- Don’t apply too much pressure, or you’ll either break the wrench or the canister.
If the filter housing is still stuck, try using the following tricks that have helped many homeowners.
What’s better than one wrench? Two of them!
Okay, not always! But when dealing with a stuck filter sump, using two plastic wrenches is a good idea. The handles should be on either side of the housing. Rotate them both simultaneously to loosen the canister.
This trick is a really interesting one that has helped many people. All you need is a hollow metal pipe and two housing wrenches.
First, slide two wrenches together over the filter housing. Then, take a 2 ft long pipe and slide it onto the wrench handles. Finally, move the pipe towards the left to loosen the housing.
The additional length gives you even more leverage to apply more pressure on the housing.
Many homeowners absolutely dislike plastic wrenches because they are incredibly flimsy. Besides breaking down quickly, a plastic wrench doesn’t do an excellent job at twisting stuck filter housings.
If you are tired of repeatedly buying new wrenches, switch to a metal one. It’s inexpensive and readily available at all hardware stores.
A metal wrench is sturdier and has a longer handle compared to its plastic equivalent. You can also add a small pipe to the handle to allow you additional ease.
(Rubber) Strap Wrench
Some people swear by using an efficient strap wrench that makes it convenient to loosen or tighten filters.
The strap fits most filter housings easily. Once you wrap it around the canister, fix the attachment, and then use a socket wrench for added leverage. You can purchase it online or from any hardware shop.
A rubber strap wrench is another versatile tool that has multiple uses around the house. Readily available and easy to use, the rubber strap wrench makes filter replacements a breeze.
Use a rubber mallet to strike against the canister with quick light blows. This action will help dislodge any debris stuck on the sides or threads of the container – another common reason for a stuck filter housing.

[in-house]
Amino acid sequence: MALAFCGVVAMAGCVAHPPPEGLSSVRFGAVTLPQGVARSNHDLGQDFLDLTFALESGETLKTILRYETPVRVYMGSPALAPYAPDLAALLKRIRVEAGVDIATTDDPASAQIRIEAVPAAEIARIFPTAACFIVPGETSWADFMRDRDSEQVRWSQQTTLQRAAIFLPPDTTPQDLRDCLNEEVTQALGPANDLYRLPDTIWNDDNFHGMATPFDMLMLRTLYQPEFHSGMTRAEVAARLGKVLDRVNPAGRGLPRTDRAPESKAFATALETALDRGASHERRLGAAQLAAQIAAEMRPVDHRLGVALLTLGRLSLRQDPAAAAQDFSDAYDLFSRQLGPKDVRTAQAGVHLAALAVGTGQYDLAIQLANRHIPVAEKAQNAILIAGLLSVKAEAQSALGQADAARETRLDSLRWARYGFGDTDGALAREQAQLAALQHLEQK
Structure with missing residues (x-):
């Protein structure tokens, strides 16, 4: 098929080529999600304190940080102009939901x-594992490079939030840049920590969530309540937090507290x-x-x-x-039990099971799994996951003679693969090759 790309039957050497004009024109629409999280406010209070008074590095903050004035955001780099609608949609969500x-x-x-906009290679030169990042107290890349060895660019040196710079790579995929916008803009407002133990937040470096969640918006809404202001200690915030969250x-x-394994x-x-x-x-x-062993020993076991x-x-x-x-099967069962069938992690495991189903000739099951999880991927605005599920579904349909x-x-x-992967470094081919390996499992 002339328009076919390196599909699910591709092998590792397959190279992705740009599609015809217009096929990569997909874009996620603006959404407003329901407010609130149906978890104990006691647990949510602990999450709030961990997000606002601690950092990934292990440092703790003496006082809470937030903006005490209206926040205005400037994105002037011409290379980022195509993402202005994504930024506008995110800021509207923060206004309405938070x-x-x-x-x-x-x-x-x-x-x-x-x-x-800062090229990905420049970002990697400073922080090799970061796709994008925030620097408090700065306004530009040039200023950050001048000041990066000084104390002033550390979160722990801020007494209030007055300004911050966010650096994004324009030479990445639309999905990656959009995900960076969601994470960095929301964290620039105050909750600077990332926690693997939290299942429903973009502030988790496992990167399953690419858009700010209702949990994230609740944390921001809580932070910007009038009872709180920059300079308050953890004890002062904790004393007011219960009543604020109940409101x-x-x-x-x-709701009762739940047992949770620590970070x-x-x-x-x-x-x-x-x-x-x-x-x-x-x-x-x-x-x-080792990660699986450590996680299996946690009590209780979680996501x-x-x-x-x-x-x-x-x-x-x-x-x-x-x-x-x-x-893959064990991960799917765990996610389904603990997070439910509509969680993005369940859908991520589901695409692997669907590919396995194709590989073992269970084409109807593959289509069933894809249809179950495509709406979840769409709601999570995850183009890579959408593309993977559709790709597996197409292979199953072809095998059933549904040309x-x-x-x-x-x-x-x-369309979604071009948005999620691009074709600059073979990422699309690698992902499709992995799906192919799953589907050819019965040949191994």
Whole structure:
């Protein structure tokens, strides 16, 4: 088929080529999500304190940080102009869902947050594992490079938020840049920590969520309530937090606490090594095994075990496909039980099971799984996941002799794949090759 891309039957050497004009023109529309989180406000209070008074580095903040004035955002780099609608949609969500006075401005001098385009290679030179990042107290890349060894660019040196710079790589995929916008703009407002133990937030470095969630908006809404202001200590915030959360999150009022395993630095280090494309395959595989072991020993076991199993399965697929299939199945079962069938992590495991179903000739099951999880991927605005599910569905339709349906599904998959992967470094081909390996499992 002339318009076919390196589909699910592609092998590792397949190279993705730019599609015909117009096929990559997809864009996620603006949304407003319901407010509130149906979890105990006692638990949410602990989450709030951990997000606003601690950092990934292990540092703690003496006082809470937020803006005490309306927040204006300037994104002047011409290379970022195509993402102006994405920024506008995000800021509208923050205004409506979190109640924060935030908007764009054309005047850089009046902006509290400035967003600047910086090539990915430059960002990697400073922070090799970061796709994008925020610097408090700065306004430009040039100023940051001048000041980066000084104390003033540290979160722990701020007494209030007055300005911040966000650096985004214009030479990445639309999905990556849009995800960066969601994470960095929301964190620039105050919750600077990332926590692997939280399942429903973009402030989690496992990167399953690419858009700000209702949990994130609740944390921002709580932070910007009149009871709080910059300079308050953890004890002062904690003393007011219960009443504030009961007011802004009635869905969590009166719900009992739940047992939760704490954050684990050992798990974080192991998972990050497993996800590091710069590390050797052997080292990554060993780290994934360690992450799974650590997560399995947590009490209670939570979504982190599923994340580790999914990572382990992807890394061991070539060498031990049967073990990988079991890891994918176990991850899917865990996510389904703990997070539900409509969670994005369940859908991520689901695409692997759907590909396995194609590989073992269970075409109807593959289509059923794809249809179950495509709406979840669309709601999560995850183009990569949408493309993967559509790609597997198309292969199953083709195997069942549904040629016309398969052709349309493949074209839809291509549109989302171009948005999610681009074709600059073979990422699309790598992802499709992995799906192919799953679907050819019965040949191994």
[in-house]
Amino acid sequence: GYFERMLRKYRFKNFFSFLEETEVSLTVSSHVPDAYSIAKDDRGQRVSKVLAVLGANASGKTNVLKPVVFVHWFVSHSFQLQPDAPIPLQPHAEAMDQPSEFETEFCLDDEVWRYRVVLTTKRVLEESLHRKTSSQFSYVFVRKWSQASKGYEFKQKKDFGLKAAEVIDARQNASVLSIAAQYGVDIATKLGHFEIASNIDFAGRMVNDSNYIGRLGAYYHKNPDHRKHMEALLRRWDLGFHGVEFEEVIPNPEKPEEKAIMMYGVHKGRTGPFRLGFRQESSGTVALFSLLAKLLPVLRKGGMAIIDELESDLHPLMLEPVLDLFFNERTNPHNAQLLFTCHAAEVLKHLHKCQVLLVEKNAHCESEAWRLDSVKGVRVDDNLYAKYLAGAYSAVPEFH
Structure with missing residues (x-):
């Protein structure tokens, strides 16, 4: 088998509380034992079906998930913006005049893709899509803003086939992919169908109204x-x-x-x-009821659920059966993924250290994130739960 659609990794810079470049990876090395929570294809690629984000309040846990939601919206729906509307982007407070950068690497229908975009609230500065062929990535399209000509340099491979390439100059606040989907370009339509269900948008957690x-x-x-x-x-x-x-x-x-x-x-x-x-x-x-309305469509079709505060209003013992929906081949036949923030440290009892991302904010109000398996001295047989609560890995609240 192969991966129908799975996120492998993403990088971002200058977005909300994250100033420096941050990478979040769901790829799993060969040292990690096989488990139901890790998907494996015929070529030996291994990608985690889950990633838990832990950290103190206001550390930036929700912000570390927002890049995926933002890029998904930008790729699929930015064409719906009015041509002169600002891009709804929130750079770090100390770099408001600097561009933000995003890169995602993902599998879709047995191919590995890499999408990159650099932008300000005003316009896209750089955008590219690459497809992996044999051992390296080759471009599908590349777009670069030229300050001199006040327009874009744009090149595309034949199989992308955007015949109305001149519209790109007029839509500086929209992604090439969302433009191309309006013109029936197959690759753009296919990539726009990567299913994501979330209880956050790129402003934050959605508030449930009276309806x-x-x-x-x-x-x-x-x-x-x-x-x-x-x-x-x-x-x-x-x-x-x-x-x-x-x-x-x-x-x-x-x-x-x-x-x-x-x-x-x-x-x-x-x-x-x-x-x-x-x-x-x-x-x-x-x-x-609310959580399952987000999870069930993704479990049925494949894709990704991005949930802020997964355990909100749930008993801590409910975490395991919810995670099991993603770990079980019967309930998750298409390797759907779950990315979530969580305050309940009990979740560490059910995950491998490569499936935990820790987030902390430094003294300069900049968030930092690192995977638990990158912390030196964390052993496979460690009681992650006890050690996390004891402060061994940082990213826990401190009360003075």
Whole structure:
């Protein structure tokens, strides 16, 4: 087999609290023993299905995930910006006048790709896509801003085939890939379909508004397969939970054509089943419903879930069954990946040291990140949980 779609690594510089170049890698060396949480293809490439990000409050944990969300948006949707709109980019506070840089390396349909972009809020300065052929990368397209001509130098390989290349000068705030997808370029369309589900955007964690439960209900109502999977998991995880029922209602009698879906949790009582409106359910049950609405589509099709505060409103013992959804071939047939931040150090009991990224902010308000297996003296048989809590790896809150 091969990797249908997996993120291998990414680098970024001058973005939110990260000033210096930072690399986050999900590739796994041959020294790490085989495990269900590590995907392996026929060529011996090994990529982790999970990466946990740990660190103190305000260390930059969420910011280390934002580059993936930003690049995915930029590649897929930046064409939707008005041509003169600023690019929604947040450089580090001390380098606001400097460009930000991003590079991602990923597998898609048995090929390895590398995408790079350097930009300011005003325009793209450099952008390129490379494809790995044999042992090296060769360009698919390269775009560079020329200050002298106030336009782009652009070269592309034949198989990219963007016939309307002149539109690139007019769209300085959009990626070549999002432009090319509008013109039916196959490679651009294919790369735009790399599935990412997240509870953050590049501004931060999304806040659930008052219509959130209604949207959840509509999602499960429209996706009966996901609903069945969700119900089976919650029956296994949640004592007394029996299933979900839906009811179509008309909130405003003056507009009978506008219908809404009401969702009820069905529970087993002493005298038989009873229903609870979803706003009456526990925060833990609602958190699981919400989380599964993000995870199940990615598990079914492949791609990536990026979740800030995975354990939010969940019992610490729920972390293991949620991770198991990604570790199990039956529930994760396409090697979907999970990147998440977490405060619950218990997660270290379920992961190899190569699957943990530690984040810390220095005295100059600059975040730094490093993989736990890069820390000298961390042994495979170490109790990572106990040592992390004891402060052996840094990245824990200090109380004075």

Don’t have a rubber mallet? No worries! Cut open a slit in a tennis ball and attach it to the head of the hammer.
Heating the housing works in two ways:
- Heat expands the plastic housing making it easy to remove from the cap.
- Similarly, it will help dissolve hard debris that makes it impossible to move the filter.
All you need is a hairdryer or a warm compress. But here’s the thing. You need to heat the top part of the housing, not the cap. So, focus the heat on the housing threads.
Once it’s warm enough, use your hands or a wrench to twist the filter swiftly.
Some people also mentioned that pouring warm water on the housing helped them remove the filter easily. However, we don’t generally recommend this because it can damage the plastic if the water is too hot. Moreover, it’s messy and unsafe.
Is there anything the trusty old can of WD-40 can’t do? We have yet to find out!
WD-40 is a fast-acting penetrant that penetrates deep into crevices, threads, and seams to break off the rust that holds stuck parts together. Spray it generously on the housing and watch the debris or rust melt away.
Twist Left and Right
You may not believe it at first, but some stuck filters magically loosen up when you move them into both directions, left and right, simultaneously.
The key is to loosen the deposits by pushing the housing from underneath and simultaneously rotating the canister.
Be careful not to put too much pressure, though, or you’ll end up breaking something.